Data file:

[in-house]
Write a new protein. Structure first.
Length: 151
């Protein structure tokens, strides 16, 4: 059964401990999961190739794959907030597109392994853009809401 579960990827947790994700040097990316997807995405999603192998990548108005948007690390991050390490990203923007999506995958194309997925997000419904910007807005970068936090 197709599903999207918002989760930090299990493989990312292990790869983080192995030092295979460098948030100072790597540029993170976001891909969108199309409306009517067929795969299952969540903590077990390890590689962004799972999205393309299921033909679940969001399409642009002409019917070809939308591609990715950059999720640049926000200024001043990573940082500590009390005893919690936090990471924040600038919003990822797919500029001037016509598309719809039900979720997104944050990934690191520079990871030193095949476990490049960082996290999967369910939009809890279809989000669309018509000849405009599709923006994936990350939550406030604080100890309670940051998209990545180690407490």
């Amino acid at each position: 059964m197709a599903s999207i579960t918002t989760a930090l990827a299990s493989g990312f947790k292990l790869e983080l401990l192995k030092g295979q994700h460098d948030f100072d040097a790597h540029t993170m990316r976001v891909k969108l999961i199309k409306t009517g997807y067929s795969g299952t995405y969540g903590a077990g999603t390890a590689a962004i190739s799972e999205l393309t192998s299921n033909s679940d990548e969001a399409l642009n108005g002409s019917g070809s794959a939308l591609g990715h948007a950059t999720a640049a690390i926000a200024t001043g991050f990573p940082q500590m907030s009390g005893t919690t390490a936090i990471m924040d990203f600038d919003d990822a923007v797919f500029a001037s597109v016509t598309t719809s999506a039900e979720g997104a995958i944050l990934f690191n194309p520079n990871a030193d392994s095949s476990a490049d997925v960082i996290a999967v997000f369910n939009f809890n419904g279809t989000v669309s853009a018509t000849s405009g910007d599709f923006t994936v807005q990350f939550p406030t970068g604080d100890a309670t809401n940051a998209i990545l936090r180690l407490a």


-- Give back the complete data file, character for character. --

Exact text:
[in-house]
Write a new protein. Structure first.
Length: 151
């Protein structure tokens, strides 16, 4: 059964401990999961190739794959907030597109392994853009809401 579960990827947790994700040097990316997807995405999603192998990548108005948007690390991050390490990203923007999506995958194309997925997000419904910007807005970068936090 197709599903999207918002989760930090299990493989990312292990790869983080192995030092295979460098948030100072790597540029993170976001891909969108199309409306009517067929795969299952969540903590077990390890590689962004799972999205393309299921033909679940969001399409642009002409019917070809939308591609990715950059999720640049926000200024001043990573940082500590009390005893919690936090990471924040600038919003990822797919500029001037016509598309719809039900979720997104944050990934690191520079990871030193095949476990490049960082996290999967369910939009809890279809989000669309018509000849405009599709923006994936990350939550406030604080100890309670940051998209990545180690407490």
């Amino acid at each position: 059964m197709a599903s999207i579960t918002t989760a930090l990827a299990s493989g990312f947790k292990l790869e983080l401990l192995k030092g295979q994700h460098d948030f100072d040097a790597h540029t993170m990316r976001v891909k969108l999961i199309k409306t009517g997807y067929s795969g299952t995405y969540g903590a077990g999603t390890a590689a962004i190739s799972e999205l393309t192998s299921n033909s679940d990548e969001a399409l642009n108005g002409s019917g070809s794959a939308l591609g990715h948007a950059t999720a640049a690390i926000a200024t001043g991050f990573p940082q500590m907030s009390g005893t919690t390490a936090i990471m924040d990203f600038d919003d990822a923007v797919f500029a001037s597109v016509t598309t719809s999506a039900e979720g997104a995958i944050l990934f690191n194309p520079n990871a030193d392994s095949s476990a490049d997925v960082i996290a999967v997000f369910n939009f809890n419904g279809t989000v669309s853009a018509t000849s405009g910007d599709f923006t994936v807005q990350f939550p406030t970068g604080d100890a309670t809401n940051a998209i990545l936090r180690l407490a």